#BlogTour #BookReview The Dublin Railway Murder by Thomas Morris @HarvillSecker @VintageBooks @RandomTTours

Dublin Railway Murders BT Poster

Welcome to today’s stop on the blog tour for The Dublin Railway Murder by Thomas Morris. My thanks to Anne at Random Things Tours for inviting me to take part in the tour and to Vintage for my digital review copy.

Dublin Graphic 1About the Book

Dublin, November 1856: George Little, the chief cashier of the Broadstone railway terminus, is found dead, lying in a pool of
blood beneath his desk.

He has been savagely beaten, his head almost severed; there is no sign of a murder weapon, and the office door is locked, apparently from the inside. Thousands of pounds in gold and silver are left untouched at the scene of the crime.

Augustus Guy, Ireland’s most experienced detective, teams up with Dublin’s leading lawyer to investigate the murder. But the mystery defies all explanation, and two celebrated sleuths sent by Scotland Yard soon return to London, baffled.

Five suspects are arrested then released, with every step of the salacious case followed by the press, clamouring for answers. But then a local woman comes forward, claiming to know the murderer….

Format: Hardcover (384 pages)             Publisher: Harvill Secker
Publication date: 11th November 2021 Genre: True Crime, Mystery

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My Review

In The Dublin Railway Murder, the author pieces together the story of an 1856 murder mystery that gripped the population of Dublin, and beyond.  The book is a meticulously researched true crime story based on contemporary accounts, original police interviews and other documents unearthed from the archives by the author.

The murder of George Little is in essence a locked-room murder mystery that could have come straight off the pages of an Agatha Christie novel, but didn’t because it actually happened. However, don’t expect a ‘whodunnit’ because a definitive outcome is not necessarily the way things happen in real life.

The book contains a massive amount of detail, not just about the course of the investigation and the trial, but also about life in Victorian Dublin. Although the social history was fascinating, at times it did threaten to dominate the unfolding story. Having said that, I did learn an awful lot about the operation of a Victorian railway, a seemingly much more complicated and bureaucratic process than simply transporting people and goods from A to B.

The book has a large cast of characters (listed at the beginning of the book) some of whom make only a brief appearance and, although forming part of the investigation, don’t contribute much to the eventual outcome.  What I did find astonishing was the initially slapdash approach to the investigation, such as not securing the crime scene and allowing members of the public and press to wander in and out. On the other hand, I was amazed at the efforts the police went to in the attempt to recover key items of evidence, including having a canal drained and searching in some extremely unsalubrious places.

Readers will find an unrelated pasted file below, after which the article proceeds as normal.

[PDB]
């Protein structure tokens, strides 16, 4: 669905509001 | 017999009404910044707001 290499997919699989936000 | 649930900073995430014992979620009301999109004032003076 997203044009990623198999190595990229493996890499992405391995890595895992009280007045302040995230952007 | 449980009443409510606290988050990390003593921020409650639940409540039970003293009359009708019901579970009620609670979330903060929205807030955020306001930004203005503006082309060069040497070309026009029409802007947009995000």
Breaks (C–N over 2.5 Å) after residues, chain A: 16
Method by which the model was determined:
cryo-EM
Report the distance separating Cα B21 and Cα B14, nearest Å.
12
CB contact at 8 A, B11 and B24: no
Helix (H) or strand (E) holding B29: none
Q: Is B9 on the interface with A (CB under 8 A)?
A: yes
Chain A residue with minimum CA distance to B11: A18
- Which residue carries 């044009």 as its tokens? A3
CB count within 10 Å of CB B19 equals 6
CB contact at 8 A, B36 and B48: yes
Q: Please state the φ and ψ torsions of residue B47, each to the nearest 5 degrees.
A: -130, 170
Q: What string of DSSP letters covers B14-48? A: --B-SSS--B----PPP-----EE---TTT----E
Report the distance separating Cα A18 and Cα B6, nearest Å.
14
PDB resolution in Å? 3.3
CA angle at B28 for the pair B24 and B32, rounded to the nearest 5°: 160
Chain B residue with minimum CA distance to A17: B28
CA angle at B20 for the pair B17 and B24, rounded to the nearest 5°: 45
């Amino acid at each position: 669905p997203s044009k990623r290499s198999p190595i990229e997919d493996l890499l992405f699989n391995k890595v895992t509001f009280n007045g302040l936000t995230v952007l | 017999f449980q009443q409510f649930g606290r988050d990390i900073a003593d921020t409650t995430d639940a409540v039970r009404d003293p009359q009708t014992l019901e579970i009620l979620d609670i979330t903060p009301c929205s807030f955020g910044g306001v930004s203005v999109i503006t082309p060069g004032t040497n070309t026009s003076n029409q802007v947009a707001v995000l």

My favourite parts of the book were the chapters describing the trial of the individual charged with the crime. There was a real sense of the frenzied atmosphere around the proceedings with the press and public jostling for places in the gallery, as well as the barristers for the defence and the prosecution competing with each other to uncover – or mitigate – the more damaging revelations, even to make the most amusing quip. These sections also highlighted aspects of the legal process we would find quite puzzling today, such as the absence of a witness box and the item that was used instead.

The Dublin Railway Murder has been likened to Kate Summerscale’s The Suspicions of Mr Whicher and in fact Whicher does make a fleeting appearance in the book. I felt I would have liked to get to know some of the main characters, such as Superintendent Augustus Guy, just a little bit more, and perhaps see things from their point of view. And, as the author acknowledges towards the end of the book, the emotional impact of the murder on the victim’s family, which would be much more of a focus in a similar situation today, was largely ignored at the time.

The Dublin Railway Murder will definitely appeal to fans of historical true crime and those who like to immerse themselves in the atmosphere of past times.

In three words: Detailed, meticulous, absorbing

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Thomas Morris_Credit Charlotte Machin (cleared for jacket and publicity)About the Author

Thomas Morris is a writer and historian. His first book, The Matter of the Heart (Bodley Head, 2017), a critically-acclaimed history of cardiac surgery, won a Royal Society of Literature Jerwood Award for non-fiction. He is also the author of The Mystery of the Exploding Teeth (Bantam, 2018). He was previously a BBC radio producer for 18 years, and his freelance journalism has appeared in publications including The Times, The Lancet and the TLS.

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#BookReview The Red Monarch by Bella Ellis @hodderbooks

The Red MonarchAbout the Book